Zinc sulfate is the organic compound ZnSO4 as
well as any of the three hydrates. It was historically known as “White Vitriol”. All
of the various forms of colorless solids. The heptahydrate is commonly
encountered. It is on the World Health Organisation’s list of essential
medicines, a list of the most important medication needed in the basic health
Production and reactivity: Zinc sulfate is produced by treating
virtually any zinc-containing material with sulphuric acid.
Specific reactions: the reaction of the metal with aqueous
Zn + H2SO4 + 7 H2O → ZnSO4•7H2O
Pharmaceutical-grade zinc sulfate is produced by treating
high-purity zinc oxide with sulfuric acid:
H2SO4 + 6 H2O → ZnSO4•7H2O
In aqueous solution, all forms of zinc sulfate behave
identically. These aqueous solutions consist of the metal aquo complex
[Zn(H2O)6]2+ and SO42− ions.
Barium sulfate forms when these solutions are treated with
solutions of barium ions:
ZnSO4 + BaCl2 → BaSO4 +
With a reduction potential of -0.76, zinc (II) reduces only
When heated above 680 °C, zinc sulfate decomposes into
sulfur dioxide gas and zinc oxide fume, both of which are hazardous.
The hydrates, especially the heptahydrate, are the primary forms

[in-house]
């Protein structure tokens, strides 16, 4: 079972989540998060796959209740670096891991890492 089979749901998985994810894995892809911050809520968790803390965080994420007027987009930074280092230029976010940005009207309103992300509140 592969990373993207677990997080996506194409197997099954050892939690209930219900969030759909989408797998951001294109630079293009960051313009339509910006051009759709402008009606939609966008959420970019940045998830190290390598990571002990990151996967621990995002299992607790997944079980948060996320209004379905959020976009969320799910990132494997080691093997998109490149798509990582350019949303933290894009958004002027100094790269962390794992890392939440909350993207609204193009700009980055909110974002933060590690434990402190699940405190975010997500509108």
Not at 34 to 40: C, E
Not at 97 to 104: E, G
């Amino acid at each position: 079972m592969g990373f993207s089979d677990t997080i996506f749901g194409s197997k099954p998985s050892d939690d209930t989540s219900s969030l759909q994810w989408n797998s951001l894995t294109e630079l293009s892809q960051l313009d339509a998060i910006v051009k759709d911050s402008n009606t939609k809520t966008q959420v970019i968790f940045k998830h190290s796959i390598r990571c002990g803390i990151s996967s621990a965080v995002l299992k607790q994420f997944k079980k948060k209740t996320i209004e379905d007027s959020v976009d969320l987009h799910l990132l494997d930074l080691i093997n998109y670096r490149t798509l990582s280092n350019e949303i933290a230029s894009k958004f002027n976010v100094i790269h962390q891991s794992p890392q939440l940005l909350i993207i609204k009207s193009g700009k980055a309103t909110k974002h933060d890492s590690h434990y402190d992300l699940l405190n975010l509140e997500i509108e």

used commercially. The main application is as a coagulant in the production of
rayon. It is also a precursor to the pigment lithopone. Zinc sulfate is used to
supply zinc in animal feeds, fertilizers, and agricultural sprays. Zinc sulfate
like many zinc compounds can be used to control moss growth on roofs. It is
used as in electrolytes for zinc plating, as modern dyeing, as a preservative
for skins and leather and in medicine as an astringent emetic.
Zinc sulfate powder is an eye irritant. Ingestion of trace
amounts is considered safe and zinc sulfate is added to animal feed as a source
of essential zinc, at a rate of up to several hundred milligrams per kilogram of
feed. Excess ingestion results in acute stomach distress, with nausea and vomiting
appearing at 2-8 mg/Kg of the body weight.